Currently, women hold less than 30 percent of computer science positions and there has been little employment development in STEM jobs since 2000. However, women in STEM positions make almost 35 percent more than in non-STEM jobs and the wage gap is also smaller compared to their male counterparts. Proving opportunities, offering early hands-on experience and encouraging positive exposure to STEM fields is an essential part in bolstering interest for women as well as increasing economic success.
When you commit to encouraging a woman to pursue a career in STEM, you are committing yourself to a future of innovation and change. Make progress happen. Honor the history women in STEM. Share your stories. Visit The Untold History of Women in Science and Technology website or check out some of the many programs offered by Girls In Tech.

AMPLIFY application criteria

AMPLIFY application criteria.
How To Enter AMPLIFY 2013 Entrepreneurial Business Pitch Competition
1.) Fill out the AMPLIFY 2013 application form and profile online [INSERT LINK HERE] or if you already have a Vator startup profile, you can easily submit that.
You may continue updating your online application up to the closing date of September 9, 2013 at noon PST.
2.) Two voting rounds – Popular voting and the Vator scoring round.In the first round, Vator will apply its proprietary scoring system, which acts as a filter to rank startups. This scoring system is based on the backers and investors, so startups are encouraged to build their profiles in order to get extra points and be noticed. Simultaneously, popular voting will be taking place, which means that startups can encourage friends, family, fans, colleagues and investors to vote for them and spread the word on their behalf. The top 18 startups will go onto the second round or the “Judges’ Round” in which judges will evaluate startups based on three criterion:
a.) Novelty/Innovation
b.) Commercial Viability
c.) Team
3.) Submit your application form by September 9, 2013 no later than noon PST.
Submission dates will start on July 15, 2013 and ends on September 9, 2013.
4.) Vator and Girls in Tech will notify the top 10 finalists on September 17, 2013 at noon PST. At this time, Vator and Girls in Tech will provide finalists with instructions regarding the live presentations to the panel of high-profile judges and the overall conference on October 8, 2013.
5.) All applicants are invited to participate in the conference on October 8, 2013 at the Ritz Carlton in Half Moon Bay. The 10 finalists will pitch live at AMPLIFY 2013 [INSERT LINK]
The event will be live-streamed via Ustream at [INSERT LINK] (#AMPLIFY)
The winning startup at AMPLIFY 2013 will receive:
·      A meeting with a top VC (Marc Andreessen)
·      A one-year service to Amazon Web Services
·      Usage of a desk at co-working space XYZ
·      Access to promote the winning start-up to Girls in Tech & Vator’s combined network of over 20,000 people
·      2 Free tickets to VatorSplash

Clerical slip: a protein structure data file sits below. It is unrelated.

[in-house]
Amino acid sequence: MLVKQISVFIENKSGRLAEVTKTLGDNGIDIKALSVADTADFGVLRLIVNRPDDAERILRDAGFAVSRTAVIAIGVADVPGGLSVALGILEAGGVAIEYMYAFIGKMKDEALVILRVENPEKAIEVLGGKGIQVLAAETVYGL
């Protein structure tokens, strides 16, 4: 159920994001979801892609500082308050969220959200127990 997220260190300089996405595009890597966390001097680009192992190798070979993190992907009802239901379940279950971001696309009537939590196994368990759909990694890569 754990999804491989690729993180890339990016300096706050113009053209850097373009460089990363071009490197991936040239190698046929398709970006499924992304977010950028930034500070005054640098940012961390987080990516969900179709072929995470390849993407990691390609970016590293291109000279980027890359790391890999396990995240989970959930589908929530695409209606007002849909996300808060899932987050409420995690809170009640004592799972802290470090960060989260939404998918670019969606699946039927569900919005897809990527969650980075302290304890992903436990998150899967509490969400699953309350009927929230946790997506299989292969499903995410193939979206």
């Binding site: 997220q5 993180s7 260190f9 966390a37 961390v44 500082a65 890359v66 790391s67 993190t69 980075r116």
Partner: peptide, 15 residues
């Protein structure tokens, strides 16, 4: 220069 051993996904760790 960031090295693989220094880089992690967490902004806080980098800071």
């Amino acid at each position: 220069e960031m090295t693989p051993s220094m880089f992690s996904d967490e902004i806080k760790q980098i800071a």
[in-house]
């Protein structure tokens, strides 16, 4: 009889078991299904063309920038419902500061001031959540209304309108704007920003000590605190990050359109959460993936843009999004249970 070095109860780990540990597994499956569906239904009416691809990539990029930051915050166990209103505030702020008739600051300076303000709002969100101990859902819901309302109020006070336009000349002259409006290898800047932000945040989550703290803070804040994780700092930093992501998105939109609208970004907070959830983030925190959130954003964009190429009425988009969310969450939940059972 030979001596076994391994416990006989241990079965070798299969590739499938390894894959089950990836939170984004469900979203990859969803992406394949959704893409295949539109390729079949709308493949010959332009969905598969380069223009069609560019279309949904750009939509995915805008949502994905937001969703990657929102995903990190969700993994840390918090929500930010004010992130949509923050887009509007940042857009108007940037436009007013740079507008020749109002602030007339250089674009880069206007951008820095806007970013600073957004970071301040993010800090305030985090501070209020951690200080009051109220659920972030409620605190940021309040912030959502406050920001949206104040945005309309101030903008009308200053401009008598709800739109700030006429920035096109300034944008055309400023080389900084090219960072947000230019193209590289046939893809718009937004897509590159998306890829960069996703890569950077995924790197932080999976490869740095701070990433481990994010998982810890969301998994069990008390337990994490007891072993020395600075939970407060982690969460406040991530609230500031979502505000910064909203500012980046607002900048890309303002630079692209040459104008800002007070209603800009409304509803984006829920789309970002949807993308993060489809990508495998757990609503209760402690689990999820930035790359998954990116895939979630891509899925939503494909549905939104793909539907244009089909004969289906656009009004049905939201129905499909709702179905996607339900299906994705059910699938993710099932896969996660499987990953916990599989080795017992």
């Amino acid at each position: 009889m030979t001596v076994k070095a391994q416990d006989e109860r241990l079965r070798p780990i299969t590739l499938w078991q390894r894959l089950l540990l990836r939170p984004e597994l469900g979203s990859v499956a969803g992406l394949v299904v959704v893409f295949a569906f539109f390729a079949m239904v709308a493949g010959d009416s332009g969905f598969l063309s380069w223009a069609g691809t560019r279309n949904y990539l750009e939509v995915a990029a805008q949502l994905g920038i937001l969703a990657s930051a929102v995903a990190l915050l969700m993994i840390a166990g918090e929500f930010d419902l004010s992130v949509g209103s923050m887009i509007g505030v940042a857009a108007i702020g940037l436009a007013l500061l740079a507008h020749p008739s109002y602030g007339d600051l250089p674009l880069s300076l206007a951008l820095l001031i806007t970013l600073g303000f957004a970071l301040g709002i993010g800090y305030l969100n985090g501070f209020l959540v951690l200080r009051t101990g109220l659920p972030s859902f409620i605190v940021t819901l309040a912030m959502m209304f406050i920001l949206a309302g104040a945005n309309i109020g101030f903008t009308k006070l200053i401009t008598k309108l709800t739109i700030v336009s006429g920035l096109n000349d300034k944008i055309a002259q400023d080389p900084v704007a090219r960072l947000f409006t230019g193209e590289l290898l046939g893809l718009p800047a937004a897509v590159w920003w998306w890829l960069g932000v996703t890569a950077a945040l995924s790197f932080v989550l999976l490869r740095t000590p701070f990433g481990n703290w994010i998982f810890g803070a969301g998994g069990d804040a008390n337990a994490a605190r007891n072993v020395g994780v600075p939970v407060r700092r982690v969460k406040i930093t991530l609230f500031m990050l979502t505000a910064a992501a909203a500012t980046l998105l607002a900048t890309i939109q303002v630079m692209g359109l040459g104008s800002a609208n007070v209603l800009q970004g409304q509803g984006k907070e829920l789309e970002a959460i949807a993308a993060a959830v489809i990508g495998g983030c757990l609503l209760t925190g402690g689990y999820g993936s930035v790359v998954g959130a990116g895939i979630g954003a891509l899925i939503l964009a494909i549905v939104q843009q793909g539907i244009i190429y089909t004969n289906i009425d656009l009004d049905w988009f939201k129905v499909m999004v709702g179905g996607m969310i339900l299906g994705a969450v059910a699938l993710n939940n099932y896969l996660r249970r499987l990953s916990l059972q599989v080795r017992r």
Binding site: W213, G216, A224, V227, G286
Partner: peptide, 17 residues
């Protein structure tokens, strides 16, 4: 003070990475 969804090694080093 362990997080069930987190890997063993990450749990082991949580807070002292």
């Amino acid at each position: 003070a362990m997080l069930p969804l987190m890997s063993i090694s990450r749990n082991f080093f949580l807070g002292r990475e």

·      An interview with TechStars founder, Brad Feld
·      Immediate entry to GIT360, Girls in Tech’s Entrepreneur Labs Program in 2014
·      A meeting with top angel investor and seasoned entrepreneur, Naval Ravikant
·      Seed funding sponsored by XYZ
More prizes to be announced!
Judges who will be present at the live conference on October 8, 2013:  [INCLUDE LINKS TO BIOS] (FYI – these are place holders)
Judges [INCLUDE LINKS TO BIOS] (FYI – these are place holders)
How to get your application kicked-off!
Applying to AMPLIFY 2013 is a cinch!
1.   Fill out the online application form for AMPLIFY here [INSERT LINK] The application deadline is September 9, 2013 at noon PST – This is a very straight forward application, however, should be the center of the applicants’ focus since investors as well as the general public (anyone who has access to the internet), will be able to vote for you.
2.   Promote your product profile on Vator to your friends, family and people within your network – Your Vator profile serves as a product or service overview and pitch, which should be straight forward but also, excite and entice visitors to vote for you. Your profile can include text, photos as well as video, which provide you with multiple ways to be creative, dynamic and animated in capturing your audience. The video should highlight the “secret sauce” and elements of your big light bulb idea to entice people to vote for you above anyone else applying to the competition. The photo size should be [INSERT SIZE] and the video size should be [INSERT SIZE] and should be uploaded to Vator’s voting platform here [INSERT LINK].
The top 10 finalists will be invited to present at the AMPLIFY 2013 Competition at the Ritz Carlton, Half Moon Bay on October 8th. If you are selected as a finalist, at least two members of your team must present at the conference.
1.   The founding team must have at least one female
2.   The product or service should be a web or mobile-based product (either in the B2C or B2B domain). Hardware products will be considered if it is a bona fide “technology” product.
3.   Your product prototype must be in alpha or beta mode.
4.   Your company should have raised no more than $1.5M in funding
5.  AMPLIFY is focused on passionate entrepreneurs with that “light bulb idea” that is considered to be disruptive, useful and/or that solves a problem.